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2020 Offseason Second Base Rankings - Fantasy Baseball Mixed Leagues

It's never too early to start looking ahead to the next baseball season, so here we deliver our 2020 fantasy baseball rankings to those of you looking to scratch your fantasy itch. Whether you're already eliminated from fantasy football contention, or you're getting a head start on next year's keeper selections, RotoBaller has got you covered. We've assembled a collection of stout minds, including the #1 ranked expert from 2018, Nick Mariano, to help you get a jump start on your competition for the upcoming season.

With the Winter Meetings approaching and free-agency starting to materialize, there will be plenty of movement with these rankings before the draft season gets into full swing. Be sure to check in frequently during the offseason as we'll have updated rankings as soon as big names begin to change places.

It's not that second base is devoid of talent, as there is plenty of production waiting on the list below; it's more about the questions that come attached to many of the men behind that production. Do you want to bet on last year's numbers being repeated by someone who's never done it before, or a rookie who's only played half a season? An aging player in a renaissance, or a Rockie without guaranteed playing time? The keystone is a minefield of doubt but there are also deals to be had, so let's dig in.

Editor's Note: Get any full-season MLB Premium Pass for 50% off. Exclusive access to our Draft Kit, premium rankings, projections, player outlooks, top prospects, dynasty rankings, 15 in-season lineup tools, and over 200 days of expert DFS research. Sign Up Now!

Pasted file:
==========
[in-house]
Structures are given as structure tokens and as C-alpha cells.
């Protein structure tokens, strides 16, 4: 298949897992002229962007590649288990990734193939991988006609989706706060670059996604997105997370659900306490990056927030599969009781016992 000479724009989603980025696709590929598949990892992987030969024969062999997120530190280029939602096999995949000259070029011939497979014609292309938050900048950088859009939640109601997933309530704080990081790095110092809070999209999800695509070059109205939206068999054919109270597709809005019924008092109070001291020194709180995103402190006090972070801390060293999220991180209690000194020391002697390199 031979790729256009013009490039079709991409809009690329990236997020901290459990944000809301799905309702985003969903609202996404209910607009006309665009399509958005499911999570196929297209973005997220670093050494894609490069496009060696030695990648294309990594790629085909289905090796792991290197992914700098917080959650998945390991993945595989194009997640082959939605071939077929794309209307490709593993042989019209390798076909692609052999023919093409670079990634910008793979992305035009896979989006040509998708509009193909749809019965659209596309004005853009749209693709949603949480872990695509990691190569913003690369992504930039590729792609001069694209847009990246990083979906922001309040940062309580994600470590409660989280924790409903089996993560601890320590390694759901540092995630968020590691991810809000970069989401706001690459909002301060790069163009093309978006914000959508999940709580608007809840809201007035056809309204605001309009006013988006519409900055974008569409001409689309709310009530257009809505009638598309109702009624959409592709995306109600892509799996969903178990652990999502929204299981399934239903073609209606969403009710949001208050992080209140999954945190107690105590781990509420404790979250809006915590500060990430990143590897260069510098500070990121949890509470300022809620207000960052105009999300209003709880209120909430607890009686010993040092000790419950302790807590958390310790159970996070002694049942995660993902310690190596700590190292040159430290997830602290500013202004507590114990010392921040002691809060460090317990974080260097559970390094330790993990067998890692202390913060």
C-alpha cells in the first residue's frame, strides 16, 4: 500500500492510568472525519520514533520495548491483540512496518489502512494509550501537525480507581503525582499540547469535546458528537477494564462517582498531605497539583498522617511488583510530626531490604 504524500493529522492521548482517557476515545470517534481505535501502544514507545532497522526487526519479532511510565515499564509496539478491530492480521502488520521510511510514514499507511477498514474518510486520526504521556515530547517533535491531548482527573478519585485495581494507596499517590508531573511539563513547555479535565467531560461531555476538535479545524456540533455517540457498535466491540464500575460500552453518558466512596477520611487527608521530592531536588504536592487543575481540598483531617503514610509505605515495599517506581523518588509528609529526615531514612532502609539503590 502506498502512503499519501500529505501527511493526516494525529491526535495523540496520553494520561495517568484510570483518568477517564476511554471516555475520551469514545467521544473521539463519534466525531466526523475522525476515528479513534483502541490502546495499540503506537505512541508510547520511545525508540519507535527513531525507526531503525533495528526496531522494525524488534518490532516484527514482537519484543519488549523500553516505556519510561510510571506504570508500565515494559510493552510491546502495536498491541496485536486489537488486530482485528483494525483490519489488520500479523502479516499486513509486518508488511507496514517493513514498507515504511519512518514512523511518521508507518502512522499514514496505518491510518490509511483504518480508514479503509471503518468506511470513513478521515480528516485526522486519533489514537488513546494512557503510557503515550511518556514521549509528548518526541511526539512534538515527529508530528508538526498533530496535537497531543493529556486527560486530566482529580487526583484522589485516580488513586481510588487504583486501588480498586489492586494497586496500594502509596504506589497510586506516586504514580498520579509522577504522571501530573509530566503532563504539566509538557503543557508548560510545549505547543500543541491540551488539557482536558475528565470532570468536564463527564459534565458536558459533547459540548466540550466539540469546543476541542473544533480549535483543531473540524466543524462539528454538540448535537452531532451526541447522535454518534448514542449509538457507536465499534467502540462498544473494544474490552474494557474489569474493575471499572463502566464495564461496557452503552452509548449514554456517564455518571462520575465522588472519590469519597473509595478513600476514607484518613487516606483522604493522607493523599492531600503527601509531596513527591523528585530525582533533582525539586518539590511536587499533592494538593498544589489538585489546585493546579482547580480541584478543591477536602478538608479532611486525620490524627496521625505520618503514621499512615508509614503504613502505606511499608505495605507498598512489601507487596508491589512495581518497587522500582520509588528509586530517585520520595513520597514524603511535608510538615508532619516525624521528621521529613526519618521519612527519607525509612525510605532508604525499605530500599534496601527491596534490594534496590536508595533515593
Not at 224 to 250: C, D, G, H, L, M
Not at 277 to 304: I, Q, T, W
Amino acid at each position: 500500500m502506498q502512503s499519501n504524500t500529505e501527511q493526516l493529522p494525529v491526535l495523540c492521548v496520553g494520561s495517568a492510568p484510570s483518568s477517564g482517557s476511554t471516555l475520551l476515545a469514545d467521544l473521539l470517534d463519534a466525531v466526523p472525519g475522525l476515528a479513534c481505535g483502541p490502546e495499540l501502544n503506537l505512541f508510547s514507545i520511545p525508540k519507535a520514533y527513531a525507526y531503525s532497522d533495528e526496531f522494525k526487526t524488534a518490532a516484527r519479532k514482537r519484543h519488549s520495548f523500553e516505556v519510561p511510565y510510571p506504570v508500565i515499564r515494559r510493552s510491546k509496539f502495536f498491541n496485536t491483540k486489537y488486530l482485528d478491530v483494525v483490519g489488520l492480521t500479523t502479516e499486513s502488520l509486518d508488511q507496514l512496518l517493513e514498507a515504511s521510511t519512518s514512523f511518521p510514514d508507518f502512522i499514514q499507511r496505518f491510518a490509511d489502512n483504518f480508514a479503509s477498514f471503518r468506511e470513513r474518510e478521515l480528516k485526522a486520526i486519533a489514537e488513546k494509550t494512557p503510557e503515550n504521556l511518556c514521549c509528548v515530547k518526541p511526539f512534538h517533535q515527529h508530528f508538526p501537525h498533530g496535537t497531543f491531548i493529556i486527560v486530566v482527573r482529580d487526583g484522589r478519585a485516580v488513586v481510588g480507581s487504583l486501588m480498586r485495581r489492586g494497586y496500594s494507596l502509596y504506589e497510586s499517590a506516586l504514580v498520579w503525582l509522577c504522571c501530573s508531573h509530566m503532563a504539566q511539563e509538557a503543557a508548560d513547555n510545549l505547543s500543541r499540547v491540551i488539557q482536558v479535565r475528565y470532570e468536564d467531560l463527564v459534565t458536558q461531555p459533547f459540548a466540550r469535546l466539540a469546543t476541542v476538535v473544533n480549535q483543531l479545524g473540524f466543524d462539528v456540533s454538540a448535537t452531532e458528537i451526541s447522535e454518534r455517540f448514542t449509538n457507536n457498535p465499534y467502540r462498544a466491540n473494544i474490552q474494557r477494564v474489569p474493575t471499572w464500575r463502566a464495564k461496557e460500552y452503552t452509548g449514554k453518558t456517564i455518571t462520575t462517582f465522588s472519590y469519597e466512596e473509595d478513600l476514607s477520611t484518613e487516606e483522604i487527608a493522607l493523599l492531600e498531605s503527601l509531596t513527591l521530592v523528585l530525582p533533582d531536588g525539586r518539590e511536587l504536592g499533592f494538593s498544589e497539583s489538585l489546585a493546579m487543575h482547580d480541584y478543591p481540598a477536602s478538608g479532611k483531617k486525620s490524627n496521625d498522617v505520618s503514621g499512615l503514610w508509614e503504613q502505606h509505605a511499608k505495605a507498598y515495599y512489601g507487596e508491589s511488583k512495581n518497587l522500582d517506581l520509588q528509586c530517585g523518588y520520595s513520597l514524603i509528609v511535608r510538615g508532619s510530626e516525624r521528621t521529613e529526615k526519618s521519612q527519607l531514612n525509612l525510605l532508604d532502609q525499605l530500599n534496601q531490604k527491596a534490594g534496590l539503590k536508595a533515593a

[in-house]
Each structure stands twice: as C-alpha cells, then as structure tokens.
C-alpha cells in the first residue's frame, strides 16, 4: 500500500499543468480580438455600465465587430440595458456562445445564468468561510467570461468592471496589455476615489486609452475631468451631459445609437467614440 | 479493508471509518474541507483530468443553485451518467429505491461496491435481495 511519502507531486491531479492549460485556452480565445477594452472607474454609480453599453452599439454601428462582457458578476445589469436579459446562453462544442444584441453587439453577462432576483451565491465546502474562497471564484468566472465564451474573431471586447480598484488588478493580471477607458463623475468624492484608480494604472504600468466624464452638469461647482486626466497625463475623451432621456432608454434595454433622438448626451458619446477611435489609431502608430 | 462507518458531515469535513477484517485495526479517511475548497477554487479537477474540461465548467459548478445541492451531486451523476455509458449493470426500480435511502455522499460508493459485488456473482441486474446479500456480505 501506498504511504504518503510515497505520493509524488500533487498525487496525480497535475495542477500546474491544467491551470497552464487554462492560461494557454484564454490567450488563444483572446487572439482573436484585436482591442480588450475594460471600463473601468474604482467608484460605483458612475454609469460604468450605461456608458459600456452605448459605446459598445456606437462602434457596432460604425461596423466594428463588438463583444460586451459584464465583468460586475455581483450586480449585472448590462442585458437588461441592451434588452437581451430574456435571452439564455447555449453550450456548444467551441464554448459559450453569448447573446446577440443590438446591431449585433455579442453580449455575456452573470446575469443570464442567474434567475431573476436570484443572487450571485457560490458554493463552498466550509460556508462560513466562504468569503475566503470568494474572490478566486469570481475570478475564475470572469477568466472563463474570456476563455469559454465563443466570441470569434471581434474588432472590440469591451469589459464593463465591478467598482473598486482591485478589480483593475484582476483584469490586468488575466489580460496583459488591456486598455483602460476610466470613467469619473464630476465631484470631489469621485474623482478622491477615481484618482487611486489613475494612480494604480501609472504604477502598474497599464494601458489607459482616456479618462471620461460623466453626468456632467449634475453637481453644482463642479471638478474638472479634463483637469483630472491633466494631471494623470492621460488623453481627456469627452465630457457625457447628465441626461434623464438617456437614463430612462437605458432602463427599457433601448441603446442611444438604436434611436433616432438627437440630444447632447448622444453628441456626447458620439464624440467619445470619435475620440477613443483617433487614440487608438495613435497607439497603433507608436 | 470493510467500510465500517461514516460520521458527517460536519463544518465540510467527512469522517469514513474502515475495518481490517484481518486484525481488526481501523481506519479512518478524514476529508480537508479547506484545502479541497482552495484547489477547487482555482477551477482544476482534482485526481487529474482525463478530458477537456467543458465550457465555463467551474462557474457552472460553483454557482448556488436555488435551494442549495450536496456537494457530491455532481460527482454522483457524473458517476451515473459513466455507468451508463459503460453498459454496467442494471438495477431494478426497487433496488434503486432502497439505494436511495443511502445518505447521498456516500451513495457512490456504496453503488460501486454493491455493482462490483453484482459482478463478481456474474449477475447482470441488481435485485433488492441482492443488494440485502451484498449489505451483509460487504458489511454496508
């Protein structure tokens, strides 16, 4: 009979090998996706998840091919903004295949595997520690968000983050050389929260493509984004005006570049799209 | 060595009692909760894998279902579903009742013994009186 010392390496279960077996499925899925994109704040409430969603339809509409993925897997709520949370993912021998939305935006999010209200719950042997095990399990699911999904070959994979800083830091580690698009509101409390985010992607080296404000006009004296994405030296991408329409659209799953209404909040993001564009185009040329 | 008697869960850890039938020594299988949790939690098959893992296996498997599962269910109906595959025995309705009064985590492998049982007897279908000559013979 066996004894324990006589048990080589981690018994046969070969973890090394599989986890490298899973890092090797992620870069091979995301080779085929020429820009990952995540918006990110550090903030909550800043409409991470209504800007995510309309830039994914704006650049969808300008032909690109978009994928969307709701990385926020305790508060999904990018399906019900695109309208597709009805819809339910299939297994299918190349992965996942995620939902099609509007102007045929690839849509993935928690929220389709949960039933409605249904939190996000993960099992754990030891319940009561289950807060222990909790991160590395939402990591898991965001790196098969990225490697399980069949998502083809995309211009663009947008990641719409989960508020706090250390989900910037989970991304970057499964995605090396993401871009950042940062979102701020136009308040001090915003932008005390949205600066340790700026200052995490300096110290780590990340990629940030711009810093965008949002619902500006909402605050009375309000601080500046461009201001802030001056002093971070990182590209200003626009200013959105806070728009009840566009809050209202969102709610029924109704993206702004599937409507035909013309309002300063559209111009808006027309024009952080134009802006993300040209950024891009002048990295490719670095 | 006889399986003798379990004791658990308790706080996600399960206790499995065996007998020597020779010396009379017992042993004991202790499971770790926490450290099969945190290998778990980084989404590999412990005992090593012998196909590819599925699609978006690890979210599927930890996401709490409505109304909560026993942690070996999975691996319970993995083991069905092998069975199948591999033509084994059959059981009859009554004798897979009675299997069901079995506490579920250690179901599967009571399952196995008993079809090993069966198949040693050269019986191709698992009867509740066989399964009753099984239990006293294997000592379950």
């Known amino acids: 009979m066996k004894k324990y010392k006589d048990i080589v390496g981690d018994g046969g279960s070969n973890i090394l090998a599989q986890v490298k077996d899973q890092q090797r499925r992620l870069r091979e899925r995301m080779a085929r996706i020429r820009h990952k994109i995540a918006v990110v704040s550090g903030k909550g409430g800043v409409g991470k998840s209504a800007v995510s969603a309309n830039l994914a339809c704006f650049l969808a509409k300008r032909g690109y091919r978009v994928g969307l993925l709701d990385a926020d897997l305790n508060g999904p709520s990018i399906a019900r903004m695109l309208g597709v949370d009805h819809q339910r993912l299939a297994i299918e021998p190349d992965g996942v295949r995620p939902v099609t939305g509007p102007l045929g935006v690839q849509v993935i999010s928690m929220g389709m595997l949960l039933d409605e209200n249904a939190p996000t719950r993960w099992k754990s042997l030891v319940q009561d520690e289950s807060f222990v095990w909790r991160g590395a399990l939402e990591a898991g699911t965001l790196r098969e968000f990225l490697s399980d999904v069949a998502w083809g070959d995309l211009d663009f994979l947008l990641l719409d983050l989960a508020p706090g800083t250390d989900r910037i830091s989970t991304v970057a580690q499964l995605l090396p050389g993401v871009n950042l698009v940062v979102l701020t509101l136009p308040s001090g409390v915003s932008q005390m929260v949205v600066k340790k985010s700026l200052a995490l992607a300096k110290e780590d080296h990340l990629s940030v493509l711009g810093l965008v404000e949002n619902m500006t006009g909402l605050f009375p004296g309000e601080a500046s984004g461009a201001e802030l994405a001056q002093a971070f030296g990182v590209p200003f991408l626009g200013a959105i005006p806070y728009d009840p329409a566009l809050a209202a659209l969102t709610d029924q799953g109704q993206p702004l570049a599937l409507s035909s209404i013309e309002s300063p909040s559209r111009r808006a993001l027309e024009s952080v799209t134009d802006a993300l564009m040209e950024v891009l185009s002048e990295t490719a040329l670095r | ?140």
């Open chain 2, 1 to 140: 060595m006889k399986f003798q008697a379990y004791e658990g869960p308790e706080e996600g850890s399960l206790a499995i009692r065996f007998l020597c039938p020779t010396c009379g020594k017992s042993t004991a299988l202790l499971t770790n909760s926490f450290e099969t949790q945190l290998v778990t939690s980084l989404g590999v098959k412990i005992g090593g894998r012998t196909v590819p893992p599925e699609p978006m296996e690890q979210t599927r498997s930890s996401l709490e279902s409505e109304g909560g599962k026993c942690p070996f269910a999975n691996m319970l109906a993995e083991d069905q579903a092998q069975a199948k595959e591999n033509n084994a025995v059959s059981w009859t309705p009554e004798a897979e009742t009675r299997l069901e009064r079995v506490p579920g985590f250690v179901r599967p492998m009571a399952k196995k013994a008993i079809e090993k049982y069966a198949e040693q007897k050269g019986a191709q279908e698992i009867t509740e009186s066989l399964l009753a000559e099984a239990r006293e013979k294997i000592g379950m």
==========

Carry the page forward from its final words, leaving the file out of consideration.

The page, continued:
Second Base Tiered Ranks - 5x5 Mixed Leagues (December)

In case you missed it, our very own "Big Pick Nick" Mariano was named the #1 overall most accurate industry expert ranker for the 2018 season.

Ranking Tier Player Position Nick Nick G Riley
1 1 Jose Altuve 2B 26 46 28
2 1 Ozzie Albies 2B 46 39 34
3 1 Gleyber Torres 2B/SS 45 42 43
4 1 Whit Merrifield 2B/OF 42 43 55
5 1 Ketel Marte 2B/SS/OF 52 56 40
6 1 Jonathan Villar 2B/SS 37 57 58
7 2 Keston Hiura 2B 80 60 50
8 2 DJ LeMahieu 1B/2B/3B 81 88 74
9 3 Eduardo Escobar 2B/3B 101 103 86
10 3 Max Muncy 1B/2B/3B 102 104 98
11 3 Mike Moustakas 2B/3B 110 101 110
12 3 Jeff McNeil 2B/3B/OF 115 93 113
13 4 Danny Santana 1B/2B/3B/SS/OF 113 113 161
14 4 Cavan Biggio 2B 150 130 127
15 4 Lourdes Gurriel Jr. 2B/OF 170 127 141
16 4 Ryan McMahon 1B/3B/2B 127 123 201
17 5 Garrett Hampson 2B/SS/OF 197 186 171
18 5 Brandon Lowe 2B 226 213 190
19 5 Tommy Edman 2B/3B/OF 181 245 205
20 5 Michael Chavis 1B/2B 232 239 178
21 5 Cesar Hernandez 2B 239 189 222
22 6 Tommy La Stella 2B/3B 241 257 202
23 6 Jon Berti 2B/3B/SS/OF 227 #N/A 245
24 6 Dee Gordon 2B 262 218 242
25 6 Kevin Newman 2B/SS 253 221 259
26 6 Rougned Odor 2B 259 224 283
27 6 Luis Urias 2B/SS 274 232 269
28 6 Kolten Wong 2B 236 240 302
29 6 Nico Hoerner 2B 249 254 291
30 6 Robinson Cano 2B 278 #N/A 268
31 6 Luis Arraez 2B 285 278 261
32 7 Hanser Alberto 2B/3B 287 #N/A #N/A
33 7 Ian Happ 2B/3B/OF 306 #N/A #N/A
34 7 Howie Kendrick 1B/2B/3B 300 300 322
35 7 Jurickson Profar 2B/OF 309 #N/A #N/A
36 7 Nick Solak 2B 299 #N/A 323
37 7 Shed Long 2B 324 #N/A #N/A
38 7 Starlin Castro 2B/3B 338 #N/A #N/A
39 7 Josh VanMeter 1B/2B/OF 366 #N/A 345
40 7 Adam Frazier 2B 361 #N/A #N/A
41 7 Jonathan Schoop 2B 398 #N/A 333
42 7 Scooter Gennett 2B #N/A #N/A 369
43 8 Josh Rojas 2B/3B/OF 394 #N/A #N/A
44 8 Jason Kipnis 2B 400 #N/A #N/A
45 8 Wilmer Flores 1B/2B 406 #N/A #N/A
46 8 Isan Diaz 2B 505 #N/A 346
47 8 Brendan Rodgers 2B/SS 449 #N/A #N/A
48 8 Ronny Rodriguez 1B/2B/SS 493 #N/A #N/A
49 8 Brian Dozier 2B 518 #N/A #N/A
50 8 Freddy Galvis 2B/SS 522 #N/A #N/A

Tier One

Take a look at auction values above and its easy to discern just how stark the tier drop-offs look. There's a big drop after the first tier and another following Tier 5, with a great big jumble in Tiers 2-4. Five players in Tier 1 but only five combined in Tiers 2-3. While there are many players I could live with, if you pass on a top second baseman you could be in for a long season playing three-card monte at the position if things don't break right. As this is the case, let's go a little deeper at the top of the spectrum.